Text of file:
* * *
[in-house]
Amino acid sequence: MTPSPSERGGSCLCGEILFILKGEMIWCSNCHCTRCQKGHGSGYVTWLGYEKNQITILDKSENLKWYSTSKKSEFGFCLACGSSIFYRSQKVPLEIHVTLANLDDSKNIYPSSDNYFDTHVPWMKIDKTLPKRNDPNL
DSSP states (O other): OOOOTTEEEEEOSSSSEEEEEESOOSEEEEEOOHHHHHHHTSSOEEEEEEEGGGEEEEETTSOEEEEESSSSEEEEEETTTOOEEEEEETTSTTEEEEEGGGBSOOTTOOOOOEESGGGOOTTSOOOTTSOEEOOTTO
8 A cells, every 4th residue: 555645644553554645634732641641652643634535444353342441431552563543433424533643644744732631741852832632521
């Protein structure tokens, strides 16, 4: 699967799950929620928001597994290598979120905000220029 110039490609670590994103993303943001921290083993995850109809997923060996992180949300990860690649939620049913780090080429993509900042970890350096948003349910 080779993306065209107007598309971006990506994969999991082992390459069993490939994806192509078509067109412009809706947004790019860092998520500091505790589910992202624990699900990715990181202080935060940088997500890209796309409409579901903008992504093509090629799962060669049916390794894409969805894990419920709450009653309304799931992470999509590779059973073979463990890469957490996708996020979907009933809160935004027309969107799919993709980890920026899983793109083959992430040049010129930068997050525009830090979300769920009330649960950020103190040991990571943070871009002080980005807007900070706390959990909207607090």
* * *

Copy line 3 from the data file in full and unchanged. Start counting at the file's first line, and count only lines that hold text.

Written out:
DSSP states (O other): OOOOTTEEEEEOSSSSEEEEEESOOSEEEEEOOHHHHHHHTSSOEEEEEEEGGGEEEEETTSOEEEEESSSSEEEEEETTTOOEEEEEETTSTTEEEEEGGGBSOOTTOOOOOEESGGGOOTTSOOOTTSOEEOOTTO